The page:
“That’s what makes our locker room special, we have a lot of good football players but we have a lot of great leaders and role models in the community as well,” he said. “You know Anthony Barr is doing a lot of stuff that he’s doing for single moms, you mentioned Chad Greenway, myself, we have a lot of people that are great in the community. That just goes to show you how humble NFL players can be.”

When asked if he has any idea what he wants to do after his playing career, Robison brought up maybe the only sport more popular than football in Minnesota.

“I used to want to be a coach, but after seeing how many hours coaches put in — those guys put in more hours than we do as players, so I’m not sure if I want to go into that,” he said. “At the same time, fishing has been a big passion of mine and it’s something that I believe I can truly do at the professional level.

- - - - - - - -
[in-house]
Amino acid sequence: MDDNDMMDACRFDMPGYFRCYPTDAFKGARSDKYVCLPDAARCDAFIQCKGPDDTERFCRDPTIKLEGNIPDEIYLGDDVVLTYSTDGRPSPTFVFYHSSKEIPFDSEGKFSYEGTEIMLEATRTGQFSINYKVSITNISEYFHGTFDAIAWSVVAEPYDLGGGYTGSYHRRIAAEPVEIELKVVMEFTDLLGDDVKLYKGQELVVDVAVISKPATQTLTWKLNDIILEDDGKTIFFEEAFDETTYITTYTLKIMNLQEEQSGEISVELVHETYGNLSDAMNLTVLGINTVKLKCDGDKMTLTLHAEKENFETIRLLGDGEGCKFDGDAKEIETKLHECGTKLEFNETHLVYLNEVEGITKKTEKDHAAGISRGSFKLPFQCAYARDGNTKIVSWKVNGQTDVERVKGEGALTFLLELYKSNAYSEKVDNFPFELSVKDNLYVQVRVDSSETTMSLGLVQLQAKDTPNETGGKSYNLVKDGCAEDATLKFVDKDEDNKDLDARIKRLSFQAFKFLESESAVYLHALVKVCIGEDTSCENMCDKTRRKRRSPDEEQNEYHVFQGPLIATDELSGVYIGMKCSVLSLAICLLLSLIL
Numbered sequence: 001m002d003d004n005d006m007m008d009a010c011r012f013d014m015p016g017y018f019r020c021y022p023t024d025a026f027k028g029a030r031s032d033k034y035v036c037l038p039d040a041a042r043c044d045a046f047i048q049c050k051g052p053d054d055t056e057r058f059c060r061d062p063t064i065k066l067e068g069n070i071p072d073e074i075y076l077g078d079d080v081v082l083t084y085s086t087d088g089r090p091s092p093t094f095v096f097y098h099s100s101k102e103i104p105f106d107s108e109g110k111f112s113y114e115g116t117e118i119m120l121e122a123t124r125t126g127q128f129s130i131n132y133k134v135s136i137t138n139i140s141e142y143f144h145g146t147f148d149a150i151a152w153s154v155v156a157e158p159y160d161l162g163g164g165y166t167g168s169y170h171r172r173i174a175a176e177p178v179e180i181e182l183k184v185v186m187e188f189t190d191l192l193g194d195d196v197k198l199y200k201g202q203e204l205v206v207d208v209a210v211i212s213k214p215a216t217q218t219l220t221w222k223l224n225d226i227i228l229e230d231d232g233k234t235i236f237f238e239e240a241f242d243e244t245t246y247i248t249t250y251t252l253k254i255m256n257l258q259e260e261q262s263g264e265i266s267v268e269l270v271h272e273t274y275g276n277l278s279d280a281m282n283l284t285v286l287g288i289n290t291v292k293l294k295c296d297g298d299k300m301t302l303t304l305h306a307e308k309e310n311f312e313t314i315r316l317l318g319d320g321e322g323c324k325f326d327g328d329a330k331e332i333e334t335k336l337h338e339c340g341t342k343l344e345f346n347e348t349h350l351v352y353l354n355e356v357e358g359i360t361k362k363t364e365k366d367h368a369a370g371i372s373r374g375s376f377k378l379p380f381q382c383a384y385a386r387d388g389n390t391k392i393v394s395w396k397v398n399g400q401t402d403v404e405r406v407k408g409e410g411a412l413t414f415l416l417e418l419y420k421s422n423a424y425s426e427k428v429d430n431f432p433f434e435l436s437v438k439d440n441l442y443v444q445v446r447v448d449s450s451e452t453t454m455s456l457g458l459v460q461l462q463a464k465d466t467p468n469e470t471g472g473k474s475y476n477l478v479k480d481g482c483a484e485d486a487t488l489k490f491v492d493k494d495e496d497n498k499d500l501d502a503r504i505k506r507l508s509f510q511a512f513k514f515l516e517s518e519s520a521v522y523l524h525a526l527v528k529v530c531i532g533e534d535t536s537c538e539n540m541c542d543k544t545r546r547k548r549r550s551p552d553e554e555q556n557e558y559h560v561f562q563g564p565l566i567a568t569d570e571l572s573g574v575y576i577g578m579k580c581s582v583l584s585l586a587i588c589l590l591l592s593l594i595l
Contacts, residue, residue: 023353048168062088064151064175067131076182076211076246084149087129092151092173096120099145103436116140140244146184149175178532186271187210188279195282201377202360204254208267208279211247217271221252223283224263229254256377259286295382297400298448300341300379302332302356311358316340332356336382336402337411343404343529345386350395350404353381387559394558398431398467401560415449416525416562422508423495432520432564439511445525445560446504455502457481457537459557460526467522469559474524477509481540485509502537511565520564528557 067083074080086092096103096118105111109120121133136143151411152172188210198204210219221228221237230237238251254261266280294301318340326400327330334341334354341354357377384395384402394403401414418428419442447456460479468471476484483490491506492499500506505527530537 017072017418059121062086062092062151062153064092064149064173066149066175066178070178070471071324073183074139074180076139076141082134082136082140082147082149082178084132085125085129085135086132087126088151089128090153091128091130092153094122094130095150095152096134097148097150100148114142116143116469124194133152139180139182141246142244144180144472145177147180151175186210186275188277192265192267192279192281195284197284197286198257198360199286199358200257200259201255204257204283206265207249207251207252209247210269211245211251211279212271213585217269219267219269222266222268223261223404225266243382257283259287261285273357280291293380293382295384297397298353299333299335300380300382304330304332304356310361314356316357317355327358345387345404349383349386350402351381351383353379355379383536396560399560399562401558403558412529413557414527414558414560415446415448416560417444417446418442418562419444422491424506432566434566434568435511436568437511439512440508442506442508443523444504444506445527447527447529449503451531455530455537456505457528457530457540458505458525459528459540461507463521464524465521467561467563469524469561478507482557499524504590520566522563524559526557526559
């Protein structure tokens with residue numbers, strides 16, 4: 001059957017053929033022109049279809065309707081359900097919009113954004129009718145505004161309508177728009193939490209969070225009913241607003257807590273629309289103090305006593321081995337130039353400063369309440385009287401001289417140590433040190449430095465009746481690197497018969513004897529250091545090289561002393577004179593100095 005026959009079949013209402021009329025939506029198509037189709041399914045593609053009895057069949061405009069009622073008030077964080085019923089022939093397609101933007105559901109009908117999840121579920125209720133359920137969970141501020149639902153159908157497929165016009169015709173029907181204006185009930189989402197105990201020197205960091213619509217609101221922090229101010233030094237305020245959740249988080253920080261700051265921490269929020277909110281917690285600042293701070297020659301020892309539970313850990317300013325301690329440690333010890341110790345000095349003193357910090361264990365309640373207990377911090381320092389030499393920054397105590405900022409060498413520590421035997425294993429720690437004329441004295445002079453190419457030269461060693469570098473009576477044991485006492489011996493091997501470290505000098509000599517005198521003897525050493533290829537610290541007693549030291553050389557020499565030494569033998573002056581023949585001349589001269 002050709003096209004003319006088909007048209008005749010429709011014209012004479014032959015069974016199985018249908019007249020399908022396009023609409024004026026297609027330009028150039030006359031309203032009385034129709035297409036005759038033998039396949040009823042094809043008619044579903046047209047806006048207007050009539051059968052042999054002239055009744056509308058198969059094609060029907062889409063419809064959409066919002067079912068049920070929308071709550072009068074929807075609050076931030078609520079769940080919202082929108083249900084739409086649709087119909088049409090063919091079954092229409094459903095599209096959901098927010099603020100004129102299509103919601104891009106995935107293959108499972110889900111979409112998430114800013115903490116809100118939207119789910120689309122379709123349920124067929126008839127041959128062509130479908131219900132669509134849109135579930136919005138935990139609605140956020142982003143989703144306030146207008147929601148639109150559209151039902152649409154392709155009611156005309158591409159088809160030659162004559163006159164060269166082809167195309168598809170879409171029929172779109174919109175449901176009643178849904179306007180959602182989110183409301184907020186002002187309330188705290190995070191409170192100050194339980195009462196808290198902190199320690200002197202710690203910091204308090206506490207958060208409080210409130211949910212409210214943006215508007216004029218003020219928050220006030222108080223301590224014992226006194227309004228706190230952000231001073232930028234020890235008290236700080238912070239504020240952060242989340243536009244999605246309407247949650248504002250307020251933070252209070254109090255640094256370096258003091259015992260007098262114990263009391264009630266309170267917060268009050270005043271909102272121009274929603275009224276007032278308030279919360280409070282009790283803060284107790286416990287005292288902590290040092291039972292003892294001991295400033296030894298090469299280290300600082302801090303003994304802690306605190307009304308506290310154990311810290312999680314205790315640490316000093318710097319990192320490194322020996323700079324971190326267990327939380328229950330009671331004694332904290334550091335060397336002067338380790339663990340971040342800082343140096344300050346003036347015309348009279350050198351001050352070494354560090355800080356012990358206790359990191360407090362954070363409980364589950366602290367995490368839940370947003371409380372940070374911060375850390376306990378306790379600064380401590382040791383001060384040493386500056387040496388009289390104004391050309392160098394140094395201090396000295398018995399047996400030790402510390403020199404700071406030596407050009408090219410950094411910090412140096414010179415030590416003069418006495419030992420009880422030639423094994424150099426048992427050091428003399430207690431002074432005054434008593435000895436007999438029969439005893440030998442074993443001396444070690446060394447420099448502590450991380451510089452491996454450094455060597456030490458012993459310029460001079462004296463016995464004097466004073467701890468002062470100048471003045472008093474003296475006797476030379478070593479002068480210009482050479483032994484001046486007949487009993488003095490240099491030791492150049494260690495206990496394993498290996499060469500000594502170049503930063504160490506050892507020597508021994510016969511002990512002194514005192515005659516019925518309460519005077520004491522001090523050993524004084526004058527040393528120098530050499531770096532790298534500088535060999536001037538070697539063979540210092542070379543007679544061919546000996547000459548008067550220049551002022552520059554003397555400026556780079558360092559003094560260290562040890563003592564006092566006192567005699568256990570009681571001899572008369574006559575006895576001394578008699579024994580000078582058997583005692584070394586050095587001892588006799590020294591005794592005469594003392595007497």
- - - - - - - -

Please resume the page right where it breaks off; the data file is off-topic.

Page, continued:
“But again, it’s something that’s going to take a lot of time away from my family and stuff like that. I think for me, something in the fishing industry is in store for me. Whether that’s commentating with the live stuff going on now or with actual fishing.”

There’s going to be quite a bit of turnover on the Vikings roster this season, but Robison remains a stalwart on the defensive side of the ball.

JOTTINGS